An examination of the relationship between various mental health problems and the three sub factors of the Rutgers Alcohol Problem Index
The Rutgers Alcohol Problem Index (RAPI) is a well-known instrument used as a primary outcome measure in intervention studies with college students. It has been used in studies assessing the developmental trajectory of high-risk drinking and also used in studies which address the predictors of alcohol-related problems among college students (Carey & Correia, 1997; Ham & Hope, 2005; Levy & Earleywine, 2003). Martens et al. (2006) found that the RAPI individual items were able to be grouped in three distinct subfactors (Abuse/Dependence, Personal Consequences, and Social Consequences). The objective of this study was to examine the relationship between various mental health problems (depression, posttraumatic stress disorder, physical abuse victimization, physical abuse perpetration, sexual coercion victimization, sexual coercion perpetration, and self-esteem) and the three subscales of the RAPI. It was anticipated that the mental health problems explain more of the variance on Abuse/Dependence than on Personal or Social Consequences. Results indicated that even though mental health problems explain more of the variance on Abuse/Dependence than on Personal or Social Consequences, the difference did not appear large enough to suggest that the subfactors represent unique domains. In conclusion, it cannot be assumed that the three subfactors measure distinct and exclusive types of consequences. A student that scores high on Abuse/Dependence also may be experiencing Personal and Social Consequences.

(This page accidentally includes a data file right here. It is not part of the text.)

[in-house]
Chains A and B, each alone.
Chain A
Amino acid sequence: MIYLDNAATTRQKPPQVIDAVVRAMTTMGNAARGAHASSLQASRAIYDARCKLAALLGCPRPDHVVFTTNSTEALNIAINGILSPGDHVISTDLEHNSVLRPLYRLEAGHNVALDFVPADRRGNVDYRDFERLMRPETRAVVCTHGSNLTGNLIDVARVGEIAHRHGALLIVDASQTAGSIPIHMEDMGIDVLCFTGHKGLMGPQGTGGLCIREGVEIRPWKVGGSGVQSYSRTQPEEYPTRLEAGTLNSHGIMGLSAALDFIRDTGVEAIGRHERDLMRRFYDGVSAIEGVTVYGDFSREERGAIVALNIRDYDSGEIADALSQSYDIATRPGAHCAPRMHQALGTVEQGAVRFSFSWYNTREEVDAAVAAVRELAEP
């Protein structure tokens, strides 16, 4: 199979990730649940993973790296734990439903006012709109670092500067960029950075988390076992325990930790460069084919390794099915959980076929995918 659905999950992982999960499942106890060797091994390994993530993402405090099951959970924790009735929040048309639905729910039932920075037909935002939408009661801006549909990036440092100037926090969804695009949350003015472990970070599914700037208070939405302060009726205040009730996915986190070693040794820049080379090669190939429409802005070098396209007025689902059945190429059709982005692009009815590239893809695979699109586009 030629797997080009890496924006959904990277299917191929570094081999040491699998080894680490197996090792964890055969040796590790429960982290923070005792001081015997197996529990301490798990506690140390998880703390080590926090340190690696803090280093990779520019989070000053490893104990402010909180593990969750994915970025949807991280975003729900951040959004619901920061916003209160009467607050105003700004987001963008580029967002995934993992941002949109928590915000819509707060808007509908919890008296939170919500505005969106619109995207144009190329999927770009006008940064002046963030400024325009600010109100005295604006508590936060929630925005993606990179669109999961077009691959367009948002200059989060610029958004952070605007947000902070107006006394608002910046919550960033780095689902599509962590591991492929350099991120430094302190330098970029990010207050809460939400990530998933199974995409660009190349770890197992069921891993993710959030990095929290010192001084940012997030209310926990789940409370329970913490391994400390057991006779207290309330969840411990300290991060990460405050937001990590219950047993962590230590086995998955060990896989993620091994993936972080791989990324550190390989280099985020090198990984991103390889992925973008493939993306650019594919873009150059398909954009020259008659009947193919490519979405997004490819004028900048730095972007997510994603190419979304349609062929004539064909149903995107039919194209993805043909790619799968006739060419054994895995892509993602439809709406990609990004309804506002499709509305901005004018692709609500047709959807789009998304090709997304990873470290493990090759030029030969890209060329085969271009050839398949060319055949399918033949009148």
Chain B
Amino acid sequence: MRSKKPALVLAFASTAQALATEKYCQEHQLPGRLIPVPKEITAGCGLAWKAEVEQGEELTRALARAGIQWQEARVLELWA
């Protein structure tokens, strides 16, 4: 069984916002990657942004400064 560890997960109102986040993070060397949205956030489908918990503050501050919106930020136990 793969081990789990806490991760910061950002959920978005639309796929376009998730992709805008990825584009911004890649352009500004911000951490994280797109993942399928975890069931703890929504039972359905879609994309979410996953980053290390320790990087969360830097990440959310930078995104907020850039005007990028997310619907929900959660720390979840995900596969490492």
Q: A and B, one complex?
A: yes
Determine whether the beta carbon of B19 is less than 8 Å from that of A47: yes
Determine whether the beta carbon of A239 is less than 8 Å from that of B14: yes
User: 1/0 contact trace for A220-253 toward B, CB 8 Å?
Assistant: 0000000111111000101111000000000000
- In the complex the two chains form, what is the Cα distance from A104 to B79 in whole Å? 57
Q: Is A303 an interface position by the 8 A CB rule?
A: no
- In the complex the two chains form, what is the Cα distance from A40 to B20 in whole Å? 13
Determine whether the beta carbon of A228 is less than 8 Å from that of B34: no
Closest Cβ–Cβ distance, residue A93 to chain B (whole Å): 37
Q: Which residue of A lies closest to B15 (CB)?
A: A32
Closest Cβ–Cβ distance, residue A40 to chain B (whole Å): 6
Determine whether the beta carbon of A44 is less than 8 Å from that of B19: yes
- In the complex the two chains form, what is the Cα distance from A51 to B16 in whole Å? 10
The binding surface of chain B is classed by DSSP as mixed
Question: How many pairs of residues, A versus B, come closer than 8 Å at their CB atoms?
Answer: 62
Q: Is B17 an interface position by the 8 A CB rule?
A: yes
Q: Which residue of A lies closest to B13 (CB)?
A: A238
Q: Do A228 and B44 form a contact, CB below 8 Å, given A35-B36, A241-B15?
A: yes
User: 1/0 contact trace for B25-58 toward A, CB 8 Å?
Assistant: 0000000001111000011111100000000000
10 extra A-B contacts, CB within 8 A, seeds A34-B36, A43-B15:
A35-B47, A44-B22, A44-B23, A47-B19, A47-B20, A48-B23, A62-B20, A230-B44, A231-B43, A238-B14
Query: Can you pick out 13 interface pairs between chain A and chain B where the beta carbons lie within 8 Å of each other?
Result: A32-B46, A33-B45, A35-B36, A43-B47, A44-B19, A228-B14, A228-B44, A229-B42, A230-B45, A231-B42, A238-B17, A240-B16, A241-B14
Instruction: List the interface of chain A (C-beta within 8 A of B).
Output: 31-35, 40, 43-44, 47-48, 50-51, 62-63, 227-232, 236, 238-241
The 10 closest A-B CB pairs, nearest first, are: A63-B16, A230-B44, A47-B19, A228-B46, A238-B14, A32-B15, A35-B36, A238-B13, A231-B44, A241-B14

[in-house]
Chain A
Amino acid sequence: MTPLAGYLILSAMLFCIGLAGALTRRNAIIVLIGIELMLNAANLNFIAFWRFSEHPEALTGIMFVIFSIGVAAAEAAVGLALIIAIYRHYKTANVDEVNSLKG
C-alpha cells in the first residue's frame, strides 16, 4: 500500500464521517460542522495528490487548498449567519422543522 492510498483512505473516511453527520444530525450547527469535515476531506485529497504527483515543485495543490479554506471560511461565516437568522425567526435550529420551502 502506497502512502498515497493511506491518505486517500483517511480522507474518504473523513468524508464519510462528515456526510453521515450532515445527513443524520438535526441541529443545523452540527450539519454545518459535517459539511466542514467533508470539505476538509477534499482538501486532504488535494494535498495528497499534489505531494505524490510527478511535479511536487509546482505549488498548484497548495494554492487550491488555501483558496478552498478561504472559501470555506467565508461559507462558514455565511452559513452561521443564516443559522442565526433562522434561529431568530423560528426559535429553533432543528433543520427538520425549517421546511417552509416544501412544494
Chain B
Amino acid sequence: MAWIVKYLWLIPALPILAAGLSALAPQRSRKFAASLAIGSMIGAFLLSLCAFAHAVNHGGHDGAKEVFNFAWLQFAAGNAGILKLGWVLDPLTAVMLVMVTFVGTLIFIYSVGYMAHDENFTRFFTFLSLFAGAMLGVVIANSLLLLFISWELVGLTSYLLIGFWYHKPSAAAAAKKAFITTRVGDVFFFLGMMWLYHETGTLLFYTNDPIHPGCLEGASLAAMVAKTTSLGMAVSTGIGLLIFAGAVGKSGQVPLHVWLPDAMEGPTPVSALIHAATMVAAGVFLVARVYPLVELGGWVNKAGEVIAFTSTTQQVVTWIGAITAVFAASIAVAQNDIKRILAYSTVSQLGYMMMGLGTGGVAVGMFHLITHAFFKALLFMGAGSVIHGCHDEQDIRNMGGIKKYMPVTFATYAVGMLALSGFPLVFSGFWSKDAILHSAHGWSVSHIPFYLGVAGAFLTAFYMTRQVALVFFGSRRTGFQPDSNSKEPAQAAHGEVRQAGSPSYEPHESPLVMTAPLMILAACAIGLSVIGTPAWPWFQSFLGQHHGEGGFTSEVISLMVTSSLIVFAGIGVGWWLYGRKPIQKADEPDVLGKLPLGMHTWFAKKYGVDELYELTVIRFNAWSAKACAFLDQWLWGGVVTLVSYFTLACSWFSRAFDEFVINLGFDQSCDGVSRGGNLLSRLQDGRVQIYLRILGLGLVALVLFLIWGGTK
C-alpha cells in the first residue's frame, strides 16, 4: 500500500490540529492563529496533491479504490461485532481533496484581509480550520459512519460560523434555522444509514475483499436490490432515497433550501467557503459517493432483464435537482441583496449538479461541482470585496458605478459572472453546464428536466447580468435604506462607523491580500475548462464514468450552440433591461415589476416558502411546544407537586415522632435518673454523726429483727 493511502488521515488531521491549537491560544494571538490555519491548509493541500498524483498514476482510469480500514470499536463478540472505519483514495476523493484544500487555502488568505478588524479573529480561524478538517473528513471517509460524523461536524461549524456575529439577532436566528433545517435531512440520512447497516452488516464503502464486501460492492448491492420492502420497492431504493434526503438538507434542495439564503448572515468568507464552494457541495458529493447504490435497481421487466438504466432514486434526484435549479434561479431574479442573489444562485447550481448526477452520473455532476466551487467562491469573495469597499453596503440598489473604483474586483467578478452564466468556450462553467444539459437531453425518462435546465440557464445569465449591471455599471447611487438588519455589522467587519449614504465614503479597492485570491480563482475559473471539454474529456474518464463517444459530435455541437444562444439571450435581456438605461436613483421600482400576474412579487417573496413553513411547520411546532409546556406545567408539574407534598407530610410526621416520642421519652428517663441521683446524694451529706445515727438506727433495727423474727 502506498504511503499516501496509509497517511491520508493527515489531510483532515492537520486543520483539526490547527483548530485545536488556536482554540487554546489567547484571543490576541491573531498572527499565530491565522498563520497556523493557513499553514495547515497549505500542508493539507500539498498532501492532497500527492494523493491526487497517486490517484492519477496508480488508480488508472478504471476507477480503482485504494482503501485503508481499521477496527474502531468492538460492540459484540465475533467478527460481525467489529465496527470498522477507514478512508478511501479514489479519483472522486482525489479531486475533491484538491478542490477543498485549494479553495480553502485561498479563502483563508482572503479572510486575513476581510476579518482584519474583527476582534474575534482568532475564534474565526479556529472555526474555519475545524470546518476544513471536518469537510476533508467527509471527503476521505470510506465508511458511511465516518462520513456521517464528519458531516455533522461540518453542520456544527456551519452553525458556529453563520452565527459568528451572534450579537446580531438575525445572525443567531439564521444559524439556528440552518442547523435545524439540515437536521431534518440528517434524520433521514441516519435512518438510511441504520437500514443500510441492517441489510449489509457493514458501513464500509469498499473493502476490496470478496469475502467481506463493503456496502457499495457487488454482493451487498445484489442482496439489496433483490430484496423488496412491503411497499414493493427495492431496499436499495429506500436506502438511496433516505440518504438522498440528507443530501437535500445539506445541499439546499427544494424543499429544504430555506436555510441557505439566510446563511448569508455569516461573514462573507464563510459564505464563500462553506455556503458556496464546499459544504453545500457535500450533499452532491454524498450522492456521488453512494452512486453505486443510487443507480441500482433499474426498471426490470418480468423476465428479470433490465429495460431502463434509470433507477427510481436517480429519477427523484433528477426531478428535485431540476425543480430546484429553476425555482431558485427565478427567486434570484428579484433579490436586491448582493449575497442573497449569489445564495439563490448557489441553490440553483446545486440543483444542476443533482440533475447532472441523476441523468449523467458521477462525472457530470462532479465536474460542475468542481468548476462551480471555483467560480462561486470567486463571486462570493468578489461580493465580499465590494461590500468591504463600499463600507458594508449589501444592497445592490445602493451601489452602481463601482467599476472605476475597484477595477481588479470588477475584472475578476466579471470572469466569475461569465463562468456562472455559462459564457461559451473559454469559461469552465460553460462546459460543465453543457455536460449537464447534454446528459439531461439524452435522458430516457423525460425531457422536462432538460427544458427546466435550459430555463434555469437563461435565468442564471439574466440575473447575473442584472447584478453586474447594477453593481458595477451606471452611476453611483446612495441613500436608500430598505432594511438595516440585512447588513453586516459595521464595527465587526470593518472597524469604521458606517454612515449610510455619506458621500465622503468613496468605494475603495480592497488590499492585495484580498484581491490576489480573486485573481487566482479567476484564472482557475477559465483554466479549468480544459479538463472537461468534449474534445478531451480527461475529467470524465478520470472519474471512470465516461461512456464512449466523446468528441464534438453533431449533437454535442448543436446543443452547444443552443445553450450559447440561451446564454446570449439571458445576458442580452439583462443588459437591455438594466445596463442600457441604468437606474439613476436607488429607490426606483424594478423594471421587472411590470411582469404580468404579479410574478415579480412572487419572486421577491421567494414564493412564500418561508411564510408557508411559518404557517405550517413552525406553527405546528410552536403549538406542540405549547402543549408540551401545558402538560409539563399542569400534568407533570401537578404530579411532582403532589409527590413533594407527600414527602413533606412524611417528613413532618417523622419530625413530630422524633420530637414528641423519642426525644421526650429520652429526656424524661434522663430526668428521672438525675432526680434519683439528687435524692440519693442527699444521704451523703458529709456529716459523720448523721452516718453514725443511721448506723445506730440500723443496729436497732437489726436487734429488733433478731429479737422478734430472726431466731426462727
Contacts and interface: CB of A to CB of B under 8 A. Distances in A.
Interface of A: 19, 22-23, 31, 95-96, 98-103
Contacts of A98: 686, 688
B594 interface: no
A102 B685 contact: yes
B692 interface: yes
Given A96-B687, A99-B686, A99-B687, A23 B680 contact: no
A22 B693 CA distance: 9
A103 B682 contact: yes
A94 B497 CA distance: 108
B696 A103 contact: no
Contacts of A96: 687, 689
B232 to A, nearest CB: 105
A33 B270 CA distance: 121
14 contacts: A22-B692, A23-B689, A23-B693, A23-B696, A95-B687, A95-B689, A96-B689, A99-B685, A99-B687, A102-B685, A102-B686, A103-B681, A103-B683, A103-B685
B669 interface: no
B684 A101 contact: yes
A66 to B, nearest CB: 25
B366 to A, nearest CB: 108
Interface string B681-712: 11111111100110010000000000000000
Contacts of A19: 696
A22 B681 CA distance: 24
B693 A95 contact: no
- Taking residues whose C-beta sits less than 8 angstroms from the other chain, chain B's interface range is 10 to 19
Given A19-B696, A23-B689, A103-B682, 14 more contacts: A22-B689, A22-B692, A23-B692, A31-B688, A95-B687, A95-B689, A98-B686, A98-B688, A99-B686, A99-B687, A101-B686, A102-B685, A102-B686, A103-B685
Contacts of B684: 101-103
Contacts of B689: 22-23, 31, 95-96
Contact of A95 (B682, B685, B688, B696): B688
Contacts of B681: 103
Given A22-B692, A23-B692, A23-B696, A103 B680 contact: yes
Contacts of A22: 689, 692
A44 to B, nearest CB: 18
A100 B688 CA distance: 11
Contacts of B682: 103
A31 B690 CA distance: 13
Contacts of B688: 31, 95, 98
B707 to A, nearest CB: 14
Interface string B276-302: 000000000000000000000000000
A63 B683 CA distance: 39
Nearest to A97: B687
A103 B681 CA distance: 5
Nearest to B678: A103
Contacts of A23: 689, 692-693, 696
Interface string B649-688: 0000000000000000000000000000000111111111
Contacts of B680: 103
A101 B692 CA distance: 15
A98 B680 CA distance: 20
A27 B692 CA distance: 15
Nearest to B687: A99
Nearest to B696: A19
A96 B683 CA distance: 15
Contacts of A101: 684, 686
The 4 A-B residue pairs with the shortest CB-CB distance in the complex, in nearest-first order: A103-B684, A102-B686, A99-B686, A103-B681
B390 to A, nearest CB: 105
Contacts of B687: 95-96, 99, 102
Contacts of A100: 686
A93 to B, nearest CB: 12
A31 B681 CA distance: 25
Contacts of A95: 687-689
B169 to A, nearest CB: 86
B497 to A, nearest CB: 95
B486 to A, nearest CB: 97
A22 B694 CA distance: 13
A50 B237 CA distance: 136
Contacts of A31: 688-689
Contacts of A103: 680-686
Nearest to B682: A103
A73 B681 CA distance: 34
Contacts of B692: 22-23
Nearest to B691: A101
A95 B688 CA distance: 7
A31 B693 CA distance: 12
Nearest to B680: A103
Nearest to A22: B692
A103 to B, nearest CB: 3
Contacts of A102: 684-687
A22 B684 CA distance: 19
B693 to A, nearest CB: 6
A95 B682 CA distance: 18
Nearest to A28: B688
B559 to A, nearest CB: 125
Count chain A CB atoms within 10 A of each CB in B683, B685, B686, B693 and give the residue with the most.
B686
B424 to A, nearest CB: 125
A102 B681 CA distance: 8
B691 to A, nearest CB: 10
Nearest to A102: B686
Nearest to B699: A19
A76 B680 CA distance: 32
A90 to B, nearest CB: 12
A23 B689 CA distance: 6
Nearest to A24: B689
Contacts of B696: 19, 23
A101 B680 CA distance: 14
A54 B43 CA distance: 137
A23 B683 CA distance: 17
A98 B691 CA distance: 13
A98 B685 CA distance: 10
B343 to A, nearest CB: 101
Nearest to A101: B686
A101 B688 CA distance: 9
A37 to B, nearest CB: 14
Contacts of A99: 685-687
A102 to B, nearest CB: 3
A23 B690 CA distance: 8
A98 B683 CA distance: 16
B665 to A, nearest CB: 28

School:Kansas State University
School Location:USA - Kansas
Source Type:Master's Thesis
Keywords:rutgers alcohol problem index mental health problems psychology clinical 0622
Date of Publication:01/01/2009